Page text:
GSA Annual Meeting in Phoenix, Arizona, USA - 2019

Paper No. 152-1
Presentation Time: 1:30 PM


BRILHA, José, University of Minho, Earth Science Centre, Campus de Gualtar, Braga, 4710-057, Portugal

The concept of geologic heritage, or geoheritage in short, is becoming increasingly recognized and accepted around the world. It is now clear that certain geologic features that allow us to better understand how our planet works are at risk due to several man-made threats. These threats may destroy these records, compromising future scientific research and the advancement of geosciences. The well-being and prosperity of human population is based on the knowledge produced by geoscientists and this is one of the main reasons why special geologic features need to be properly managed. There are distinct geoheritage values (scientific, educational, scenic, cultural, etc.) and of different significance (international, national, and local).

Four main initiatives aiming the identification of geologic features with international scientific significance were established in the last 40 years: i) The definition of global standards of the fundamental scale to express the Earth’s history, implemented in the 1970s by the International Commission on Stratigraphy of the International Union of Geological Sciences (IUGS); ii) The Convention Concerning the Protection of the World Cultural and Natural Heritage, adopted in 1972 by the United Nations Educational, Scientific and Cultural Organization (UNESCO); iii) The Global Geosites Project implemented in 1996 by the IUGS; and iv) The UNESCO’s International Geoscience and Geoparks Programme, established in 2015.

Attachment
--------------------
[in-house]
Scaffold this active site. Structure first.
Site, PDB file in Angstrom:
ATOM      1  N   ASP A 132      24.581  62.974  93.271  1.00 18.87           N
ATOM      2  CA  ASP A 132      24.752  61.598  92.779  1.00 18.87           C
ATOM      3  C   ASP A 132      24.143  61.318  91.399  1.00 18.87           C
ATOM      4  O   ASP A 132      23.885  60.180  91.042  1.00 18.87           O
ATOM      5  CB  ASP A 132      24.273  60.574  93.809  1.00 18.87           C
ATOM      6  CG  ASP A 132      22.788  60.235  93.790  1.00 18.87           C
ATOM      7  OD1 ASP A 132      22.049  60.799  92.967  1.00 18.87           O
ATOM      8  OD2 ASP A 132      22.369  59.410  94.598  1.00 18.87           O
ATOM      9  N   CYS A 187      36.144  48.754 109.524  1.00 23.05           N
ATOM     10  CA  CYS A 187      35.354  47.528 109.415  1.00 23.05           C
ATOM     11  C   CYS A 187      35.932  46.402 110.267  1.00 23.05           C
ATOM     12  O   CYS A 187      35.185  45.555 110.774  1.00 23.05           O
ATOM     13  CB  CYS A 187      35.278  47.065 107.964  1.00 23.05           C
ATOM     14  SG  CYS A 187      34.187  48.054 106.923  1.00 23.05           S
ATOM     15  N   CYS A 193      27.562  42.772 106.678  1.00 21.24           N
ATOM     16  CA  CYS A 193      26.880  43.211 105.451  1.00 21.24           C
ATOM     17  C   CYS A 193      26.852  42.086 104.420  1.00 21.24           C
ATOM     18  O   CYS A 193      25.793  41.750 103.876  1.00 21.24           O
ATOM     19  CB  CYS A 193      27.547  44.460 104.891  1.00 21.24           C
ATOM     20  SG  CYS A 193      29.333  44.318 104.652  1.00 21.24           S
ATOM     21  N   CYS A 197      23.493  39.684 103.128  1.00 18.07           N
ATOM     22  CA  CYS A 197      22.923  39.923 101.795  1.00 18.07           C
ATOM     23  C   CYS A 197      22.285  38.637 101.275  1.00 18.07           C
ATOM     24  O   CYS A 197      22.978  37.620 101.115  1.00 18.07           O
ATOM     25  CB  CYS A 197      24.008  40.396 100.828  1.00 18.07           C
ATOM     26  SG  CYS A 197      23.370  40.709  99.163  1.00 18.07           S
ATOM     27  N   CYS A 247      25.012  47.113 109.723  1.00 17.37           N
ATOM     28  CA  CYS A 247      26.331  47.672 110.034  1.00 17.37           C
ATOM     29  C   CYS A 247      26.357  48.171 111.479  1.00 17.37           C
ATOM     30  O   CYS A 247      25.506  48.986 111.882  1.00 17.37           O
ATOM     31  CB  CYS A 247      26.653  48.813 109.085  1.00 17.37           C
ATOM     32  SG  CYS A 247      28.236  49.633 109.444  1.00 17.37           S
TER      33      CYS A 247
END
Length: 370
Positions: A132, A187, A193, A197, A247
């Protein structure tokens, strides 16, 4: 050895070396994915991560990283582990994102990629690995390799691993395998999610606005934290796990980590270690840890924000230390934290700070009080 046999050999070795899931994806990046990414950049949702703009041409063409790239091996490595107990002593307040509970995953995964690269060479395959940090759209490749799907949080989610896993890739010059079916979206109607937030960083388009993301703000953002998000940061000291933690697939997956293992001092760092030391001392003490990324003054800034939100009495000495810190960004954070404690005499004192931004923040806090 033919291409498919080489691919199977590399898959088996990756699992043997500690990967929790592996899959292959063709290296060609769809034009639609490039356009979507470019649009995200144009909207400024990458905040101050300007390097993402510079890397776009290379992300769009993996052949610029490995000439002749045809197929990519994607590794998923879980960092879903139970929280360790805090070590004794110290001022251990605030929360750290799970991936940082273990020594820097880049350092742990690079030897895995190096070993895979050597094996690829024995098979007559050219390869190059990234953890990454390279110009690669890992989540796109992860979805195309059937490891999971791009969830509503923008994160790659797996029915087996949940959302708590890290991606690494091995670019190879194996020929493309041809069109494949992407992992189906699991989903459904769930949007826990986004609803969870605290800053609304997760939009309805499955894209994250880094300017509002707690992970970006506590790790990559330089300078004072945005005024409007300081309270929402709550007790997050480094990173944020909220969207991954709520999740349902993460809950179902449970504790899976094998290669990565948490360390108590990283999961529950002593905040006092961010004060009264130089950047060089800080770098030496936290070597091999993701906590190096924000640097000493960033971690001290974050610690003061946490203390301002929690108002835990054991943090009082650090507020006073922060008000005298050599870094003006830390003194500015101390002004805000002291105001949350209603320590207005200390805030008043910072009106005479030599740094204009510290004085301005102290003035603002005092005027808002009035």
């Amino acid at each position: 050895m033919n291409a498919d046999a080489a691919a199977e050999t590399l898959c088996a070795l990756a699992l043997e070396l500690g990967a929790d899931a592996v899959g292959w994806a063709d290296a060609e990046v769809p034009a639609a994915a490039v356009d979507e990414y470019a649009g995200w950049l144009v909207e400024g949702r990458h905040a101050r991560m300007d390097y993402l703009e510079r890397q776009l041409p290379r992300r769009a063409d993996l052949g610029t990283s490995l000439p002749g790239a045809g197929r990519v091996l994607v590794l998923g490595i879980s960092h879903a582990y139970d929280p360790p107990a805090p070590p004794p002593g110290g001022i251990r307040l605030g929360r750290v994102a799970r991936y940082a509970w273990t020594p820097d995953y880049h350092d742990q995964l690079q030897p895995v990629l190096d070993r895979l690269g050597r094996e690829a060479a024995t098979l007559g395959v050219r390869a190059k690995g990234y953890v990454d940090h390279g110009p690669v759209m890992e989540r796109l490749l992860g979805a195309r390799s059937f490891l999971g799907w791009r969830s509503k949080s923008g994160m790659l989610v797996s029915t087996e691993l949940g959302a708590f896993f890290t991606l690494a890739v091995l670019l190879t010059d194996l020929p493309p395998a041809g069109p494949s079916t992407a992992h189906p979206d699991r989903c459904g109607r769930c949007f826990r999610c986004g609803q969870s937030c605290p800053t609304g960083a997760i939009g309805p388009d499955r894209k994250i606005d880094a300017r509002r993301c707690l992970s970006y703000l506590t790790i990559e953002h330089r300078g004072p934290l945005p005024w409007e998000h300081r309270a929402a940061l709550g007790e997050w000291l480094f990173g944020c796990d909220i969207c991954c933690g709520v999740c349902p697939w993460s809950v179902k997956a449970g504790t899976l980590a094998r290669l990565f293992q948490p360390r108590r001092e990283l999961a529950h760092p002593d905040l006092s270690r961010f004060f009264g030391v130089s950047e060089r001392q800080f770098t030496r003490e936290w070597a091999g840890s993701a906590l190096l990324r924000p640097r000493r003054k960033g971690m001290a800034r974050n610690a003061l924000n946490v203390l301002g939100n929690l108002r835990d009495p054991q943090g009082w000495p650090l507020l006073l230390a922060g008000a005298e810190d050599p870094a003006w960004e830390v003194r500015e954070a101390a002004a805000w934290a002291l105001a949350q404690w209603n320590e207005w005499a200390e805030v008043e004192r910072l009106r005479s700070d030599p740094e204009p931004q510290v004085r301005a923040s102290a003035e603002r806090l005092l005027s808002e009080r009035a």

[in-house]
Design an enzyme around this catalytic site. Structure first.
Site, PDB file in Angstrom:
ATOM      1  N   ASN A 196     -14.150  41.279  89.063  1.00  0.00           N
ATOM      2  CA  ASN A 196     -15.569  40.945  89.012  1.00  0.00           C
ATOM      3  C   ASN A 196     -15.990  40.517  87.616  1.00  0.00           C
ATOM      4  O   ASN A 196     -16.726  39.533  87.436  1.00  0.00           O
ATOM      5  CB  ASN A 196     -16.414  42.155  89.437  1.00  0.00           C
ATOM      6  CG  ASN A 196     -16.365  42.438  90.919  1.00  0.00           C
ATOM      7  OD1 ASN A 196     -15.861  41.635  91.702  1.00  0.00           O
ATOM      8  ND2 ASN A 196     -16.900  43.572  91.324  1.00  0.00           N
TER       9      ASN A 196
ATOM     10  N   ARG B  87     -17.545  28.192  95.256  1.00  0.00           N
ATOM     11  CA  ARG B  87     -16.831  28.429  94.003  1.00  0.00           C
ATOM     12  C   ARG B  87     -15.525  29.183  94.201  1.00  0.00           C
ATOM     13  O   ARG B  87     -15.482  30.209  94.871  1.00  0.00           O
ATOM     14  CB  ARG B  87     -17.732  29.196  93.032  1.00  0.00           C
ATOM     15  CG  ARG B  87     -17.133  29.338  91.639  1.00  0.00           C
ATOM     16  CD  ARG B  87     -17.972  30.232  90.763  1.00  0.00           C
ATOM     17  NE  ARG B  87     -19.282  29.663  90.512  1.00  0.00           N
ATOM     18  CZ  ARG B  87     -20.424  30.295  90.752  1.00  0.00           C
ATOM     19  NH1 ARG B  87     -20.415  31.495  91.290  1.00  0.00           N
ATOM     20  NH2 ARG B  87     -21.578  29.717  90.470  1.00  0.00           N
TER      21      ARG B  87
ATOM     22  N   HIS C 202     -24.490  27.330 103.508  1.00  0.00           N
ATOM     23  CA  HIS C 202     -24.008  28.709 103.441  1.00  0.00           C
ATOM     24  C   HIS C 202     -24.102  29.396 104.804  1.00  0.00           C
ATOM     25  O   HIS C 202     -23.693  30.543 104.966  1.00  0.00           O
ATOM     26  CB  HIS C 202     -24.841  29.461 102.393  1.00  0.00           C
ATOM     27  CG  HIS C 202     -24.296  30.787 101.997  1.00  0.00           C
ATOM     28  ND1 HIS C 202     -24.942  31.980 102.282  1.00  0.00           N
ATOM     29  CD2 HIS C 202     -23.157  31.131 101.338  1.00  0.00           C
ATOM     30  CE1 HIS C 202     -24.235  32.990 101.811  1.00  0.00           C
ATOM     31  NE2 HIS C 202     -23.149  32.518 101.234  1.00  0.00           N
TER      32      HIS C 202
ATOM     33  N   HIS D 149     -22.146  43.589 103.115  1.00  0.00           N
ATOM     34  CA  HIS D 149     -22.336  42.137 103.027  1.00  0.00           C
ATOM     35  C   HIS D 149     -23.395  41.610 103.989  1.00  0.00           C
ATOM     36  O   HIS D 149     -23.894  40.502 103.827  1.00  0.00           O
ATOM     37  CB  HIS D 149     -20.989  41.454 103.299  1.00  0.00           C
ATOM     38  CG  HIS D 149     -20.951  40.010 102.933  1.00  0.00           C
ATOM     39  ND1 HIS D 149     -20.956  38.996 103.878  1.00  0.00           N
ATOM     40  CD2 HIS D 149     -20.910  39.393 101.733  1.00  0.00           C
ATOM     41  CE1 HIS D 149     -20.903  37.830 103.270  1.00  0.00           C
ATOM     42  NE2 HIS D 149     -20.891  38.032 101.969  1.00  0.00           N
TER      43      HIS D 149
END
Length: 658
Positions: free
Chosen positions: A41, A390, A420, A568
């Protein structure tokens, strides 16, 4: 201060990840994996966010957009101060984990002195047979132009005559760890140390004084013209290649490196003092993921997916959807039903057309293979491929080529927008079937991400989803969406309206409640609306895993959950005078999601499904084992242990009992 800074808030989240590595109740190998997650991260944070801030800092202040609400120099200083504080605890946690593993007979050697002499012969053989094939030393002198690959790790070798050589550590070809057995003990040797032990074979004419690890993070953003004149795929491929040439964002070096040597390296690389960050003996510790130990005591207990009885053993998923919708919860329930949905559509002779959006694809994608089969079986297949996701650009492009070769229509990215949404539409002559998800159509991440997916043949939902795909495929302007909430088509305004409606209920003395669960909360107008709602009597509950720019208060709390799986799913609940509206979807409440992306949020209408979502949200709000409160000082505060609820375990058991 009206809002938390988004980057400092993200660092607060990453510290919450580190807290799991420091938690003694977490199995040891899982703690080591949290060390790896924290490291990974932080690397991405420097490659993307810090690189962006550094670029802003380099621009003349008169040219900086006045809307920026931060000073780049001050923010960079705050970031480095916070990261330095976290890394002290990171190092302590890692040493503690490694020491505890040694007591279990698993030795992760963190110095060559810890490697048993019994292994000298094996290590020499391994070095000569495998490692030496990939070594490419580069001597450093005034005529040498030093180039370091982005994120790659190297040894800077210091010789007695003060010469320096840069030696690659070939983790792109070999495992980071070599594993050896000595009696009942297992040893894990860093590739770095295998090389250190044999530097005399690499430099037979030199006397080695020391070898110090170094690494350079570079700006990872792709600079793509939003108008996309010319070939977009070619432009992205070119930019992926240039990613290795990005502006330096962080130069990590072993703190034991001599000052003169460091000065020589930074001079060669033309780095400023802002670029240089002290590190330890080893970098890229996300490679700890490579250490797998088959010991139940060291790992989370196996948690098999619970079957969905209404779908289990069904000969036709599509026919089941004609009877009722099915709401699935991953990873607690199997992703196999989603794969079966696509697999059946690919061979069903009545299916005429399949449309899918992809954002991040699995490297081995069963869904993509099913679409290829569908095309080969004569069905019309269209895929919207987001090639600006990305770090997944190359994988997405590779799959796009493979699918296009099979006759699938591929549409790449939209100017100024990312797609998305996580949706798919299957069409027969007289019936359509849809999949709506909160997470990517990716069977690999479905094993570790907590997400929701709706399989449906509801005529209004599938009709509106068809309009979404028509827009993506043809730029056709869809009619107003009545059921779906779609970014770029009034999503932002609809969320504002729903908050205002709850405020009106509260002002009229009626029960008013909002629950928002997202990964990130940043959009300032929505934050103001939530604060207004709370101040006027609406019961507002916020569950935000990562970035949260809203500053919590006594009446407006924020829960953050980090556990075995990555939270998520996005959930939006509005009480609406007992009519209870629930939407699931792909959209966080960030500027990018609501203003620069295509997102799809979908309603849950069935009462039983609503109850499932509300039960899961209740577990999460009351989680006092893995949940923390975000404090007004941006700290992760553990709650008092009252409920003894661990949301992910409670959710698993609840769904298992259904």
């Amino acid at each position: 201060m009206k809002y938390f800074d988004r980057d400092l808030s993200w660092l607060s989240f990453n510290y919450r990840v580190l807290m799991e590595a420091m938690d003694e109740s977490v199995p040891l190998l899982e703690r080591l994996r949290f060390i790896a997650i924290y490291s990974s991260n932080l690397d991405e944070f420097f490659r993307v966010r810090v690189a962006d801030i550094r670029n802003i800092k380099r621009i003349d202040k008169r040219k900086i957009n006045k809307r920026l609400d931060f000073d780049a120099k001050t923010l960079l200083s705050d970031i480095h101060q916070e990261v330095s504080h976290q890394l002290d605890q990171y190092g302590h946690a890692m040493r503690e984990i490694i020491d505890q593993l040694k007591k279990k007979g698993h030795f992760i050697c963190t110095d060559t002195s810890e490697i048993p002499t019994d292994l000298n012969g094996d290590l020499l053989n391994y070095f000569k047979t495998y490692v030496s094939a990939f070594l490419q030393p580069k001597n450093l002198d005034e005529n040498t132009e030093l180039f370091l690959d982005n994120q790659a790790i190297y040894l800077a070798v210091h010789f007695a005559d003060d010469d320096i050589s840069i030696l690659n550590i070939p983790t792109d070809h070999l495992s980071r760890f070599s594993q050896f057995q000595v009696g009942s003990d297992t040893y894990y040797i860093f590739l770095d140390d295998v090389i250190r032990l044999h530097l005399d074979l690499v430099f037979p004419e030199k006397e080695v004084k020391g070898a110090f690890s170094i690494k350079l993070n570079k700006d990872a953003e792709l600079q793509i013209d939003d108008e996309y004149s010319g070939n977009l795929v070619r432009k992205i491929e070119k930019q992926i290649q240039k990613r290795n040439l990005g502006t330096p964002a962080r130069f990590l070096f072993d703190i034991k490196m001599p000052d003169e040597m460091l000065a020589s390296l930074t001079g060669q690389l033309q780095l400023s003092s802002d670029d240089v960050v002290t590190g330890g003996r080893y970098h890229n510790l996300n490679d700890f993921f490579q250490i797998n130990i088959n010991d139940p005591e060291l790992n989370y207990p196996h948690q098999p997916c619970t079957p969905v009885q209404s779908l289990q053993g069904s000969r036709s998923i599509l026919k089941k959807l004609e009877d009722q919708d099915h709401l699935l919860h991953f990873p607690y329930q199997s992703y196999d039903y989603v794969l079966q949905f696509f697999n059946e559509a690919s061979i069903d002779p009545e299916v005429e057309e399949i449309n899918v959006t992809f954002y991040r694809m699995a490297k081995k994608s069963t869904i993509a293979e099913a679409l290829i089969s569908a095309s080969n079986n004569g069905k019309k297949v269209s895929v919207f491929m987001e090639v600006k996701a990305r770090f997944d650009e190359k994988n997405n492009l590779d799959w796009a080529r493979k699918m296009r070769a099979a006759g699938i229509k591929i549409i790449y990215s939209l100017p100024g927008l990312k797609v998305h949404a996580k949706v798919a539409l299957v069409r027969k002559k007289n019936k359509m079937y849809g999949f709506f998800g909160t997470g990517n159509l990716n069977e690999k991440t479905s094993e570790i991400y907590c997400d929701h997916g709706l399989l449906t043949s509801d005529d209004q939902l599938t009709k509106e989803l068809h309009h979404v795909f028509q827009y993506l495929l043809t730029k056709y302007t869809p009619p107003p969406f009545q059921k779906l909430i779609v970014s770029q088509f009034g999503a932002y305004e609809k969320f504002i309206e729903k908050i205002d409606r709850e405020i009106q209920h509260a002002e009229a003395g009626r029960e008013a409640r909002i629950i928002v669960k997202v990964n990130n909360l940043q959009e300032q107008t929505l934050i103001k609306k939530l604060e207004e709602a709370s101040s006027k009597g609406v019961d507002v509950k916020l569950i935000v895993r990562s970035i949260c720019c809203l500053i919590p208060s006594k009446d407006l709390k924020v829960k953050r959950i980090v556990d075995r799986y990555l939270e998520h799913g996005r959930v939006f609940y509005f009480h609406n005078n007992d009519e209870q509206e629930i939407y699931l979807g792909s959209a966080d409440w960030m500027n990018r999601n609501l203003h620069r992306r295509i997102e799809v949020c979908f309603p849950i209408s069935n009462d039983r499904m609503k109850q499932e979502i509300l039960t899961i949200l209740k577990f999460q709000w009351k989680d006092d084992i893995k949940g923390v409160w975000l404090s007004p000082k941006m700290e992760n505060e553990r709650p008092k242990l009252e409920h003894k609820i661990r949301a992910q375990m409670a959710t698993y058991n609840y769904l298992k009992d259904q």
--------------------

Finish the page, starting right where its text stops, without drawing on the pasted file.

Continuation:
In all these four initiatives, the challenge is to use rigorous and objective methods, not only to select the most important geologic features but also to assess their possible international significance. A working group was established in 2017 under the IUGS’s International Commission on Geoheritage to produce guidelines to evaluate the geoheritage significance in new UNESCO Global Geopark applications. It is expected that these guidelines will be adopted in 2020, helping evaluators to make this assessment more objectively.